Hartford Hospital Repeats as National Heart-Attack Care Award Winner

Heart Attack
Print icon

When an emergency services dispatcher receives a call about a potential heart attack victim, physicians and nurses at Hartford Hospital must be prepared to provide the best care possible when the patient is brought through the emergency room door.

Specialized treatment is critical when it comes to an ST-segment elevation myocardial infarction, also known as a STEMI heart attack, the most severe type of heart attack caused by blockage of blood flow to the heart. A STEMI means the artery is 100 percent blocked. These heart attacks require the timeliest treatment to ensure the best possible outcome.

Mission Lifeline AwardFor the second year in a row, the American Heart Association has recognized Hartford Hospital’s efforts to improve care for STEMI heart attack patients, recently honoring its work in 2018 with the Mission: Lifeline Gold Receiving Quality Achievement Award.  Last year, Hartford Hospital’s response times placed it among the top 10 percent of hospitals in the nation — exceeding the American Heart Association standard.

“We’re proud of this recognition because it reflects our perpetual drive toward improvement, to do everything we can to ensure the best possible outcome for people whose lives have been placed in our hands,” said Dr. Raymond McKay, Co-Director of the Hartford HealthCare Heart & Vascular Institute’s Structural Heart Disease Program.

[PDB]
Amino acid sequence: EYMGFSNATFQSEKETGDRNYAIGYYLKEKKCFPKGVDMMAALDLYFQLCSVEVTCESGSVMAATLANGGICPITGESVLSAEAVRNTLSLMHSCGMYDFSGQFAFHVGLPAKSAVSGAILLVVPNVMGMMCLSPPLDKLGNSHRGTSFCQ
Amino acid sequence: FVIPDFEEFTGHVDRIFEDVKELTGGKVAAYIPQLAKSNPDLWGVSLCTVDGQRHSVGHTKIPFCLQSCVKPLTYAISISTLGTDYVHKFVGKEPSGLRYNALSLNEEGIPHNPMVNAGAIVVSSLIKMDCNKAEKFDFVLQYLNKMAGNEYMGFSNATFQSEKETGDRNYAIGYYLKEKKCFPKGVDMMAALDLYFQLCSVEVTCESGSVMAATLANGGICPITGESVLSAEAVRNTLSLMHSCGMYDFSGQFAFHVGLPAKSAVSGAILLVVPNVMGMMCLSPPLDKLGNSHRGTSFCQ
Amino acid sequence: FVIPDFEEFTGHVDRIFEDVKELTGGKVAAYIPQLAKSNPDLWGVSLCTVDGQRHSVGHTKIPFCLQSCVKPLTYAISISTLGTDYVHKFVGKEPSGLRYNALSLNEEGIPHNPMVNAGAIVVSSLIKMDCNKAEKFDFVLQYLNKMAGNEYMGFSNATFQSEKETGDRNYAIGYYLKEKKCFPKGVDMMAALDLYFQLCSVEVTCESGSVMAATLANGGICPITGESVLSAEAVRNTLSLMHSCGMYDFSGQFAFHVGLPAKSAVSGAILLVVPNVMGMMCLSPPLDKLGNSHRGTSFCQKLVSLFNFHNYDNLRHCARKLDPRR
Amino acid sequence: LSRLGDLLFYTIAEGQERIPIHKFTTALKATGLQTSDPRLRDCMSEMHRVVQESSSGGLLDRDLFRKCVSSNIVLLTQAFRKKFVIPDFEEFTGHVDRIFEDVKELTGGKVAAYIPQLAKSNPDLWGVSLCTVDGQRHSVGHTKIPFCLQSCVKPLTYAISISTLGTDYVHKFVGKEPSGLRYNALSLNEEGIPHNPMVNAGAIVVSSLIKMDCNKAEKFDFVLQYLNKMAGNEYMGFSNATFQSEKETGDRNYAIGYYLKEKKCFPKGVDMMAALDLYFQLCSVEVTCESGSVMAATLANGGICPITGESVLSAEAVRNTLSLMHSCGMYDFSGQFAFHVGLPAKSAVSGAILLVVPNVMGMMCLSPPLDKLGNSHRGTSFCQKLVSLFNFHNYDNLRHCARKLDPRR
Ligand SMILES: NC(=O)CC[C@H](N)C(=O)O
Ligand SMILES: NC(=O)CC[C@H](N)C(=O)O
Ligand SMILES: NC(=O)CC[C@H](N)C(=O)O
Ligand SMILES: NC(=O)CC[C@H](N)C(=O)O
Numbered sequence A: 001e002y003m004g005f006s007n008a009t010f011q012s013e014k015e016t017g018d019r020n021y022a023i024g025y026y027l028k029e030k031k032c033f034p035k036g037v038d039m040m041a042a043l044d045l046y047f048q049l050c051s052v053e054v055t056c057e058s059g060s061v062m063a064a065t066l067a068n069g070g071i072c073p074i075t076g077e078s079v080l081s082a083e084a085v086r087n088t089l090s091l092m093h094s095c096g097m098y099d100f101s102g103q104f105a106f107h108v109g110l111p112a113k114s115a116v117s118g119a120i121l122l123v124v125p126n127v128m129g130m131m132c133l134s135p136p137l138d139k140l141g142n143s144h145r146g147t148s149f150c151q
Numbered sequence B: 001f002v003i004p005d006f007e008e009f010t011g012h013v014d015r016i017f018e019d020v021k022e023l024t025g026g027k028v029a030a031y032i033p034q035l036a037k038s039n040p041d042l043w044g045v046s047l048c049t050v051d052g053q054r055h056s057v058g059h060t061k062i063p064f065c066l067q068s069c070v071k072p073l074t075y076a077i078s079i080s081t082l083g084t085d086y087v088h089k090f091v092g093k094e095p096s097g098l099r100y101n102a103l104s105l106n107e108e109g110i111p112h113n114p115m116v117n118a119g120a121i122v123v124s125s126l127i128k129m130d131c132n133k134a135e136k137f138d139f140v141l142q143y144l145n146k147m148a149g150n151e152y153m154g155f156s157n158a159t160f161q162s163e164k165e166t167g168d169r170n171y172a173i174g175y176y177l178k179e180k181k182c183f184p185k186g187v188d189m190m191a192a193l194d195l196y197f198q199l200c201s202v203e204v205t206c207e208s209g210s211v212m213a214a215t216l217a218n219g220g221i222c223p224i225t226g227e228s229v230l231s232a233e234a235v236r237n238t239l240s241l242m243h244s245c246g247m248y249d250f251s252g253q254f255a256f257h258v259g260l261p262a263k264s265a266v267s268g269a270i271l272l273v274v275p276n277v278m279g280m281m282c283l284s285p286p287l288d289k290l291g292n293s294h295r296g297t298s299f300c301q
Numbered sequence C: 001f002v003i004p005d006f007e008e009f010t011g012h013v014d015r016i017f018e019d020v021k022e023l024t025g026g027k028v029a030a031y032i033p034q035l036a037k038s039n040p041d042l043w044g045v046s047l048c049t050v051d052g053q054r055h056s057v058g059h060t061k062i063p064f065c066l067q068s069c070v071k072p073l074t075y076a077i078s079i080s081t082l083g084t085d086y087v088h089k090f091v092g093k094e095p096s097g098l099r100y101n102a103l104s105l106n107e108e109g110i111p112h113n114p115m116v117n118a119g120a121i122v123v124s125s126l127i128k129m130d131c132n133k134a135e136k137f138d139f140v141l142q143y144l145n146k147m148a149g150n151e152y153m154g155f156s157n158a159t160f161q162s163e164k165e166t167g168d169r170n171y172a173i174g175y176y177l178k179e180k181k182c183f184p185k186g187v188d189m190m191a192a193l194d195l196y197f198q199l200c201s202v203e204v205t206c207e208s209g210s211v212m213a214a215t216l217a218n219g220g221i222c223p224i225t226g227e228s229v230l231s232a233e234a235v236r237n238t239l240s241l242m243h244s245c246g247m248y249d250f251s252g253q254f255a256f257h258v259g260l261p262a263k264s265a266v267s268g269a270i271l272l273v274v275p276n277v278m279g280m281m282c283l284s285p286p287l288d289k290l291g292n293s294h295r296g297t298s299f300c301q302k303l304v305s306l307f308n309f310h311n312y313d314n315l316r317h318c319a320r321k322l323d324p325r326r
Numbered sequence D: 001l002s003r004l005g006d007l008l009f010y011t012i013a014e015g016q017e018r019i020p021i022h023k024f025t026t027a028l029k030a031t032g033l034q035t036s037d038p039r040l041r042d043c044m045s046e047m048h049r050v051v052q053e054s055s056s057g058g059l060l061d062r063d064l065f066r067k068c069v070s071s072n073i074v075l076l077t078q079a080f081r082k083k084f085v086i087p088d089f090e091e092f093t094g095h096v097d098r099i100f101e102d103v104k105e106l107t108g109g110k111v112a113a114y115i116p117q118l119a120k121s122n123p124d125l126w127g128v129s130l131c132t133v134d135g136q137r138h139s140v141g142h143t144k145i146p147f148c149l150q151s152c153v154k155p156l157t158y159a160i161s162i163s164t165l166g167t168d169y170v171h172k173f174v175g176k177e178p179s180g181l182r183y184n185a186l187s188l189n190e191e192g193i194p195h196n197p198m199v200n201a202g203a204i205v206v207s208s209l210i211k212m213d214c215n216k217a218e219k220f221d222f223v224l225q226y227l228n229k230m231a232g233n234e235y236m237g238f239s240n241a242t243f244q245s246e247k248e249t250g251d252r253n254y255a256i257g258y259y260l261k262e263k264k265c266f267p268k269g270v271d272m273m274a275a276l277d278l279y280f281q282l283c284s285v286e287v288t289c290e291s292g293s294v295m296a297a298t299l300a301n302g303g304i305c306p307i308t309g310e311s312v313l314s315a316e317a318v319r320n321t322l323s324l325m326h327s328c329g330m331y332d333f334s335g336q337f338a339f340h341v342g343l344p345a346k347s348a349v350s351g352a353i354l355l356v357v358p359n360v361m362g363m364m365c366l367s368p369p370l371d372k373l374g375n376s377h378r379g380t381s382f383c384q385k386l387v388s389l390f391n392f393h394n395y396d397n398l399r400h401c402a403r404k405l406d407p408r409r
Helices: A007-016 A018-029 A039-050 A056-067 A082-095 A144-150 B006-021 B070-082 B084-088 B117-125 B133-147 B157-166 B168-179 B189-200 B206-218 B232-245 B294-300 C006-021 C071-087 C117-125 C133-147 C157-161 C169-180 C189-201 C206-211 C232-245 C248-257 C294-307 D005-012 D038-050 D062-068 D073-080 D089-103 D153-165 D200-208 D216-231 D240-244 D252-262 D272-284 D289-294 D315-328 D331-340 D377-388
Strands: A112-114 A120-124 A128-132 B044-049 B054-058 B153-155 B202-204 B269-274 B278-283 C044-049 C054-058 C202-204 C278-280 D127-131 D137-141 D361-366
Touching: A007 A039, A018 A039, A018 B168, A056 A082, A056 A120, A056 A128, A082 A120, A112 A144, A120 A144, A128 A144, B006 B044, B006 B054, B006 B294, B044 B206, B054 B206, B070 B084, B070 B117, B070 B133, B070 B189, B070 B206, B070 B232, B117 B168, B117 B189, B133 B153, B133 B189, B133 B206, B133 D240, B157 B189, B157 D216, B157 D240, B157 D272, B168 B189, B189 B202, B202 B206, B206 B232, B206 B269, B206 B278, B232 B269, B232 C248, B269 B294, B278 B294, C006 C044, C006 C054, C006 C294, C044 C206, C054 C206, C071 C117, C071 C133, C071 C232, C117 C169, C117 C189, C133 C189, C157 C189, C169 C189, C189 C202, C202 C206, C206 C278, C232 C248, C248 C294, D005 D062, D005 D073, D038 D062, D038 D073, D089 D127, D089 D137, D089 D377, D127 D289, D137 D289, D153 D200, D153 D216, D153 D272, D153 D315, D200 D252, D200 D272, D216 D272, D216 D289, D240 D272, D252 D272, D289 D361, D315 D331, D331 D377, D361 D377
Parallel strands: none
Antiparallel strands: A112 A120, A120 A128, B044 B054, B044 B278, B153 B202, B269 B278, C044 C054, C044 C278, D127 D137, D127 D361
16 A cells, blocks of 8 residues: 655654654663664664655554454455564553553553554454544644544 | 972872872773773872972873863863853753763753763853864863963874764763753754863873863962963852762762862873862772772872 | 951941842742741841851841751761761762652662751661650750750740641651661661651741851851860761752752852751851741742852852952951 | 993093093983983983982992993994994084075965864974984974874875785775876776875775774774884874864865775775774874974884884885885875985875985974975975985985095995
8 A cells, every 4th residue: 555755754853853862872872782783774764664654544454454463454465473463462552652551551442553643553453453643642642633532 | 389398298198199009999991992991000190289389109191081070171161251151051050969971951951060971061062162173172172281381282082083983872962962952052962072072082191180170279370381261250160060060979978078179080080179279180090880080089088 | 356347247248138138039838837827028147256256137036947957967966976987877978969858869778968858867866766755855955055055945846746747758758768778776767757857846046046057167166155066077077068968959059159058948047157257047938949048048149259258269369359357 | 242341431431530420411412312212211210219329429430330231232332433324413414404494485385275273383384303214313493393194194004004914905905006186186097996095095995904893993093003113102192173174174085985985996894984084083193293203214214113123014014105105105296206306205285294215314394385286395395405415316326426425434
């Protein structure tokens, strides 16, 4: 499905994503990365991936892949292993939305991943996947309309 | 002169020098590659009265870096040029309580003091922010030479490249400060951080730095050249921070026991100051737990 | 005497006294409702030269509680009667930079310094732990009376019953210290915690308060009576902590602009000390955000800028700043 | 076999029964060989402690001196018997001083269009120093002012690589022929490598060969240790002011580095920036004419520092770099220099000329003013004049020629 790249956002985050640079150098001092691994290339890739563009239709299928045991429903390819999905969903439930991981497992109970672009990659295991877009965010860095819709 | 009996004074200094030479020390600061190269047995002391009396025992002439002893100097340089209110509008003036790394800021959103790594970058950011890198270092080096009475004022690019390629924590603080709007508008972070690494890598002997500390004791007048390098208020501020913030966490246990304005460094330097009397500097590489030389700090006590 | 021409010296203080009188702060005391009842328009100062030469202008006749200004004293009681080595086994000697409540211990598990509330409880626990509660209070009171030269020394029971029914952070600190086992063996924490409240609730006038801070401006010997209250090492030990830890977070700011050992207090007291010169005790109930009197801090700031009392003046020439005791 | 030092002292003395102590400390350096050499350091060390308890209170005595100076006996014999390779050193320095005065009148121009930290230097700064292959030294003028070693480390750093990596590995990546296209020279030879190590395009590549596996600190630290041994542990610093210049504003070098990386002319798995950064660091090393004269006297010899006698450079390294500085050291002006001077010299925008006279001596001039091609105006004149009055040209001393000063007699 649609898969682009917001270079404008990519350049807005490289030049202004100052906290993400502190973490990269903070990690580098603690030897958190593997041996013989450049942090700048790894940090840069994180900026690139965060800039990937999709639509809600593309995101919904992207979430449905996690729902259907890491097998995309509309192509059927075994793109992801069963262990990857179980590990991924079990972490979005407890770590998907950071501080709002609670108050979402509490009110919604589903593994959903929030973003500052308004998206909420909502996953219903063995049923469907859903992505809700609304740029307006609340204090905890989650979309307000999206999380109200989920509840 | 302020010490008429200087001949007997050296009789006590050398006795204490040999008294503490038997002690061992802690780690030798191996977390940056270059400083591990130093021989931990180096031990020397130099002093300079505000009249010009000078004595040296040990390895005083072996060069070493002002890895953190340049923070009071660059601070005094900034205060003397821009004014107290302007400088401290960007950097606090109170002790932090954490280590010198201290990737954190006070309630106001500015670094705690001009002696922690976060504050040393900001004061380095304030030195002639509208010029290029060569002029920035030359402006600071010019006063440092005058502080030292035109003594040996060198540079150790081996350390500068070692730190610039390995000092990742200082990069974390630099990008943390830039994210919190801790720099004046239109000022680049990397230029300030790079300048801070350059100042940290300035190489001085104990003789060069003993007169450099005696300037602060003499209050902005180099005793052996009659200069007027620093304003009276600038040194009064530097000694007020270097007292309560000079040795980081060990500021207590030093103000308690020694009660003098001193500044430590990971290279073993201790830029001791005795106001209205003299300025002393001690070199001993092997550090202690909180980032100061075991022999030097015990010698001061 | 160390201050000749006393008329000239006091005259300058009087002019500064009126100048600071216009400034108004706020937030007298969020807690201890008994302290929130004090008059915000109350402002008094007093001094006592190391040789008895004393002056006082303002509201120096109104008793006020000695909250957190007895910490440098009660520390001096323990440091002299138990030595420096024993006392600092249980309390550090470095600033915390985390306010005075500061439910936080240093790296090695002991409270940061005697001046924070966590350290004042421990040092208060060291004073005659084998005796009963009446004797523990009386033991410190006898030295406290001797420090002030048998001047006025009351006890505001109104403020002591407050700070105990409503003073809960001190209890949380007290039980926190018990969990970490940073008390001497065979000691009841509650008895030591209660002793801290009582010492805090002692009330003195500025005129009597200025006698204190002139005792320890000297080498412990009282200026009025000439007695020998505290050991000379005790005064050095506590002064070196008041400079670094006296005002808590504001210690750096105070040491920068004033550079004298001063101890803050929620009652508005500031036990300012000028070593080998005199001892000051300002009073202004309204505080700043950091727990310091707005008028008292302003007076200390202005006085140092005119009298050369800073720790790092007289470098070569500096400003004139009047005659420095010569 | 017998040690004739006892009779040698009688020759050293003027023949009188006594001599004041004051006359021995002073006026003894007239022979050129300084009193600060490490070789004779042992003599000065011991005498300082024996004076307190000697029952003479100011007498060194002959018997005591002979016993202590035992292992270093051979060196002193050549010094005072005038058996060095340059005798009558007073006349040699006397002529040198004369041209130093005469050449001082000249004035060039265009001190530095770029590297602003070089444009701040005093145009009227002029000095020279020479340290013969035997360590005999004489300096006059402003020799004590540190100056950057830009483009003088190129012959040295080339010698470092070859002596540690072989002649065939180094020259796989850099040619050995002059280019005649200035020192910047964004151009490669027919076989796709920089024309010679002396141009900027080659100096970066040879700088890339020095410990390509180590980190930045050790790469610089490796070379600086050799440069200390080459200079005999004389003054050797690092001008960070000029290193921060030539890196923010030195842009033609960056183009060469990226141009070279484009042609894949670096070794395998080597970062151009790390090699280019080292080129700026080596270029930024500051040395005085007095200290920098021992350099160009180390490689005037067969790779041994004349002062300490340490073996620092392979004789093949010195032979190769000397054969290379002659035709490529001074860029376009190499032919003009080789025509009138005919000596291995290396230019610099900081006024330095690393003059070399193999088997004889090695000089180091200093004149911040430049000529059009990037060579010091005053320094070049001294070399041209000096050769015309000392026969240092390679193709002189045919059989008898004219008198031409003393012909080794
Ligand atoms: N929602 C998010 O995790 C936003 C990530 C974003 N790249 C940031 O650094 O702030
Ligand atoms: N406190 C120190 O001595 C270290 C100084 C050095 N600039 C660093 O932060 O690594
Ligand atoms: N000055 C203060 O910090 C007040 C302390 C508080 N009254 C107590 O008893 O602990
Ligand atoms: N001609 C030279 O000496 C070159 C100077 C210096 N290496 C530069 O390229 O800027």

According to the American Heart Association, every year more than 250,000 people experience a STEMI. Last year, Hartford Hospital cared for more than 200 STEMI patients.

Because delays in treating a heart attack increase cardiac muscle damage, time is muscle.

Related: Heart & Vascular Institute Earns Top Cardiac Surgery Ratings in North America

The Mission: Lifeline program provides response and treatment guidelines that unify efforts of first responders and staff in hospital emergency departments and cardiac catheterization labs. Central to that is the association’s recommended 90-minutes-or-less “door to balloon” time (D2B) for STEMI heart attacks — a way to measure how much time has passed between when the patient arrives in the emergency department and when a balloon is inserted into the artery to treat the blockage.